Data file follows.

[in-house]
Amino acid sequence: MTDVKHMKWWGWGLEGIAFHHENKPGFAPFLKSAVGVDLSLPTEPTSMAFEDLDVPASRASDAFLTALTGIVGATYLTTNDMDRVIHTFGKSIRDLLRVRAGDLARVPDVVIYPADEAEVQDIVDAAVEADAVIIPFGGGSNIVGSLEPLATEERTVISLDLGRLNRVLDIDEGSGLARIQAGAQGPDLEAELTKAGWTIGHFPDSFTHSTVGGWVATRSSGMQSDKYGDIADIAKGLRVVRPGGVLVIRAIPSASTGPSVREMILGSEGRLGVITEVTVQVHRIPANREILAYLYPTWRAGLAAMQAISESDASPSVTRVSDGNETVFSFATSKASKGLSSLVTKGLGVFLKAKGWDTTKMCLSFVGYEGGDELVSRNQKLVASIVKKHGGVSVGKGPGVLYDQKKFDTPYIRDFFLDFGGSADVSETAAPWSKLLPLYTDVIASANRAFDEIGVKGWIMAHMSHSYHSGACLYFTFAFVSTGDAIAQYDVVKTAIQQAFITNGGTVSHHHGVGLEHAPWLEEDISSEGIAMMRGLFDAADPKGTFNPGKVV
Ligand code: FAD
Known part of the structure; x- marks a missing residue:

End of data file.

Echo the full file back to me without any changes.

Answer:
[in-house]
Amino acid sequence: MTDVKHMKWWGWGLEGIAFHHENKPGFAPFLKSAVGVDLSLPTEPTSMAFEDLDVPASRASDAFLTALTGIVGATYLTTNDMDRVIHTFGKSIRDLLRVRAGDLARVPDVVIYPADEAEVQDIVDAAVEADAVIIPFGGGSNIVGSLEPLATEERTVISLDLGRLNRVLDIDEGSGLARIQAGAQGPDLEAELTKAGWTIGHFPDSFTHSTVGGWVATRSSGMQSDKYGDIADIAKGLRVVRPGGVLVIRAIPSASTGPSVREMILGSEGRLGVITEVTVQVHRIPANREILAYLYPTWRAGLAAMQAISESDASPSVTRVSDGNETVFSFATSKASKGLSSLVTKGLGVFLKAKGWDTTKMCLSFVGYEGGDELVSRNQKLVASIVKKHGGVSVGKGPGVLYDQKKFDTPYIRDFFLDFGGSADVSETAAPWSKLLPLYTDVIASANRAFDEIGVKGWIMAHMSHSYHSGACLYFTFAFVSTGDAIAQYDVVKTAIQQAFITNGGTVSHHHGVGLEHAPWLEEDISSEGIAMMRGLFDAADPKGTFNPGKVV
Ligand code: FAD
Known part of the structure; x- marks a missing residue: